Where to Go Next: Montenegro
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Where to Go Next: Montenegro

Although the world has discovered Croatia and its idyllic shores, neighboring Montenegro,
a land of untouched white sands and time-capsule medieval villages, is still largely a well-kept
secret. It wasn't always this way: the country once drew Hollywood luminaries like Sophia
Loren and Richard Burton to its 183-mile Adriatic Coast. But the Iron Curtain and conflicts
following the breakup of Yugoslavia kept many visitors at bay. Today, foreign tourism is on
the rise again, up 50 percent in 2005. Last May, Jat Airways launched a direct flight from
London, and a tunnel has just been completed that takes drivers from the sleepy capital of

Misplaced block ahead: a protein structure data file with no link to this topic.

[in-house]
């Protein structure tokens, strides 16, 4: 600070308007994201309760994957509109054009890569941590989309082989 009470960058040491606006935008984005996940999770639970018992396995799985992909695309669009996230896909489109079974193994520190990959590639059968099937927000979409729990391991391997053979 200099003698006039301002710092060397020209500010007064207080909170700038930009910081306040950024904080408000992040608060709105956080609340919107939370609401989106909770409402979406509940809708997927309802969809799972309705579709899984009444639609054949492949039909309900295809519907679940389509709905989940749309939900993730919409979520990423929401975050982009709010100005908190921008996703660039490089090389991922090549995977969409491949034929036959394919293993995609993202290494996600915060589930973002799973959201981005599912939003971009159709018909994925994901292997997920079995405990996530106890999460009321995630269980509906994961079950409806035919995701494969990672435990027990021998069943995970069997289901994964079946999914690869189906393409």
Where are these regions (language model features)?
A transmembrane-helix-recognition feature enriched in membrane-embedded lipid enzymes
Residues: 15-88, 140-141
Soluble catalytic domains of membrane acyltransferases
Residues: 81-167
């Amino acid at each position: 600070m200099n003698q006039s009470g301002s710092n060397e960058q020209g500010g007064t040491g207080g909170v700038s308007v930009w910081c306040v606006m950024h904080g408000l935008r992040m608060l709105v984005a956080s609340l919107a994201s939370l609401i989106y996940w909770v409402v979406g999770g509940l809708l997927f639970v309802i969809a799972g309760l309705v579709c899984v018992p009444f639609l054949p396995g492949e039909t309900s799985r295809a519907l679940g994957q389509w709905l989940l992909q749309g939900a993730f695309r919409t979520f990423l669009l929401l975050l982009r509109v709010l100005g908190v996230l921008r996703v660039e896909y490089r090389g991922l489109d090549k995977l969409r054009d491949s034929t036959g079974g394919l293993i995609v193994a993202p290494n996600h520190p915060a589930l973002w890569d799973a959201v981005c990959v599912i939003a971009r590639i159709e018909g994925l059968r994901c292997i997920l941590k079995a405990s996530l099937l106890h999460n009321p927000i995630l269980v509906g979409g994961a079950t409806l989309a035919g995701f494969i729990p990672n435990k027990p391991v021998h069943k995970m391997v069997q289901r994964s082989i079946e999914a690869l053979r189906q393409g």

Podgorica through the mountains to the coast. Butterfield & Robinson recently added Montenegro
to a yacht-based trip in the region, and Amanresorts has plans to restore Sveti Stefan—a
peninsula village of 15th-century cobblestoned streets set beside crescent-shaped beaches—to
its former glamour. The country's wine region is starting to turn out good Cabernets, and
at a growing list of top-shelf restaurants, small-batch vintages are paired with local specialties
such as fresh mussels, broiled lobsters, and organic vegetables. So plan a trip soon—before
this Riviera has prices on a par with St.-Tropez's. Butterfield & Robinson 800/ 678-1147; www.butterfield.com; 10-day trips for two from $18,000. Jat
www.jat.com. Tourism Montenegro www.visit-montenegro.com.

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